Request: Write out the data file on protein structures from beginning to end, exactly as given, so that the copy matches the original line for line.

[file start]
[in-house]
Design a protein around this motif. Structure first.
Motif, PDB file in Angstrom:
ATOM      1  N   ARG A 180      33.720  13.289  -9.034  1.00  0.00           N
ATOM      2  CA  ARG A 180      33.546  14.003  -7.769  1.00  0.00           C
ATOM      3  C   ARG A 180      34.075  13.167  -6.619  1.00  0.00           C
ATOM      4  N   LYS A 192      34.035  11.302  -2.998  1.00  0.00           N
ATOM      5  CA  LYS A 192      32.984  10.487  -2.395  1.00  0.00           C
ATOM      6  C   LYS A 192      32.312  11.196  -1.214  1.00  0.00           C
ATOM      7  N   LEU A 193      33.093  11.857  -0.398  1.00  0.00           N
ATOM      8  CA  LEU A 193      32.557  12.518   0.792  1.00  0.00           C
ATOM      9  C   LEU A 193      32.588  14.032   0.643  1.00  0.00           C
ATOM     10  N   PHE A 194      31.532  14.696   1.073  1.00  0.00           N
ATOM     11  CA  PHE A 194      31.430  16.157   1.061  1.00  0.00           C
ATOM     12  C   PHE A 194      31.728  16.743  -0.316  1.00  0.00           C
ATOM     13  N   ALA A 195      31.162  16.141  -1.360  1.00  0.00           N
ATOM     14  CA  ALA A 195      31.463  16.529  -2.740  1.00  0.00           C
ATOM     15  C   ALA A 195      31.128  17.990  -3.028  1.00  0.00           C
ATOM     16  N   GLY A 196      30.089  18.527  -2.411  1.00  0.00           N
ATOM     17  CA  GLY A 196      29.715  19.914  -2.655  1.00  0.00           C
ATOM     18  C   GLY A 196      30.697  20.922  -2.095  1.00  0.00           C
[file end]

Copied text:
[in-house]
Design a protein around this motif. Structure first.
Motif, PDB file in Angstrom:
ATOM      1  N   ARG A 180      33.720  13.289  -9.034  1.00  0.00           N
ATOM      2  CA  ARG A 180      33.546  14.003  -7.769  1.00  0.00           C
ATOM      3  C   ARG A 180      34.075  13.167  -6.619  1.00  0.00           C
ATOM      4  N   LYS A 192      34.035  11.302  -2.998  1.00  0.00           N
ATOM      5  CA  LYS A 192      32.984  10.487  -2.395  1.00  0.00           C
ATOM      6  C   LYS A 192      32.312  11.196  -1.214  1.00  0.00           C
ATOM      7  N   LEU A 193      33.093  11.857  -0.398  1.00  0.00           N
ATOM      8  CA  LEU A 193      32.557  12.518   0.792  1.00  0.00           C
ATOM      9  C   LEU A 193      32.588  14.032   0.643  1.00  0.00           C
ATOM     10  N   PHE A 194      31.532  14.696   1.073  1.00  0.00           N
ATOM     11  CA  PHE A 194      31.430  16.157   1.061  1.00  0.00           C
ATOM     12  C   PHE A 194      31.728  16.743  -0.316  1.00  0.00           C
ATOM     13  N   ALA A 195      31.162  16.141  -1.360  1.00  0.00           N
ATOM     14  CA  ALA A 195      31.463  16.529  -2.740  1.00  0.00           C
ATOM     15  C   ALA A 195      31.128  17.990  -3.028  1.00  0.00           C
ATOM     16  N   GLY A 196      30.089  18.527  -2.411  1.00  0.00           N
ATOM     17  CA  GLY A 196      29.715  19.914  -2.655  1.00  0.00           C
ATOM     18  C   GLY A 196      30.697  20.922  -2.095  1.00  0.00           C